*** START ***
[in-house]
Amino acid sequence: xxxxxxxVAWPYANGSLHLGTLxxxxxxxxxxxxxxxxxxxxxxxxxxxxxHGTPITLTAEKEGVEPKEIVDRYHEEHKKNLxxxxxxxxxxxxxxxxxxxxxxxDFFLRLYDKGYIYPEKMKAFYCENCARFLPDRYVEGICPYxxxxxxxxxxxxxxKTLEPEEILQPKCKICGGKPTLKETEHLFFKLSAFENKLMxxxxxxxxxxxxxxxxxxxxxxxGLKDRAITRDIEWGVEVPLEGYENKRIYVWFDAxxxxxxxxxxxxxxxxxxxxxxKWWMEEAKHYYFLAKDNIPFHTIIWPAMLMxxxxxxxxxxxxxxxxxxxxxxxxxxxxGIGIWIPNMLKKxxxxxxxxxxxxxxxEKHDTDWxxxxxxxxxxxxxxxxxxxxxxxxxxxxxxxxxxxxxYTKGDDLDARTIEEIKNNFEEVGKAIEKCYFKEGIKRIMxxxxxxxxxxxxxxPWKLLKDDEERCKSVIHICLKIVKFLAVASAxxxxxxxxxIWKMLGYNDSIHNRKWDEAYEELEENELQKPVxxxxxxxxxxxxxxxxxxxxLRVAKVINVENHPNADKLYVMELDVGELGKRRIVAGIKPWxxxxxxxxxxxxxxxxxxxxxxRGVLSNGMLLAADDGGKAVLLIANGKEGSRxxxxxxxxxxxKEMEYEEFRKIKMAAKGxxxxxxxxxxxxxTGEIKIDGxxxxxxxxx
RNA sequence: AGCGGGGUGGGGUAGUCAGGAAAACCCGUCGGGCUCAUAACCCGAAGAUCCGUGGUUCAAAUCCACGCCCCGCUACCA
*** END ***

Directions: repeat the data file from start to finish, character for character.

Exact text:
[in-house]
Amino acid sequence: xxxxxxxVAWPYANGSLHLGTLxxxxxxxxxxxxxxxxxxxxxxxxxxxxxHGTPITLTAEKEGVEPKEIVDRYHEEHKKNLxxxxxxxxxxxxxxxxxxxxxxxDFFLRLYDKGYIYPEKMKAFYCENCARFLPDRYVEGICPYxxxxxxxxxxxxxxKTLEPEEILQPKCKICGGKPTLKETEHLFFKLSAFENKLMxxxxxxxxxxxxxxxxxxxxxxxGLKDRAITRDIEWGVEVPLEGYENKRIYVWFDAxxxxxxxxxxxxxxxxxxxxxxKWWMEEAKHYYFLAKDNIPFHTIIWPAMLMxxxxxxxxxxxxxxxxxxxxxxxxxxxxGIGIWIPNMLKKxxxxxxxxxxxxxxxEKHDTDWxxxxxxxxxxxxxxxxxxxxxxxxxxxxxxxxxxxxxYTKGDDLDARTIEEIKNNFEEVGKAIEKCYFKEGIKRIMxxxxxxxxxxxxxxPWKLLKDDEERCKSVIHICLKIVKFLAVASAxxxxxxxxxIWKMLGYNDSIHNRKWDEAYEELEENELQKPVxxxxxxxxxxxxxxxxxxxxLRVAKVINVENHPNADKLYVMELDVGELGKRRIVAGIKPWxxxxxxxxxxxxxxxxxxxxxxRGVLSNGMLLAADDGGKAVLLIANGKEGSRxxxxxxxxxxxKEMEYEEFRKIKMAAKGxxxxxxxxxxxxxTGEIKIDGxxxxxxxxx
RNA sequence: AGCGGGGUGGGGUAGUCAGGAAAACCCGUCGGGCUCAUAACCCGAAGAUCCGUGGUUCAAAUCCACGCCCCGCUACCA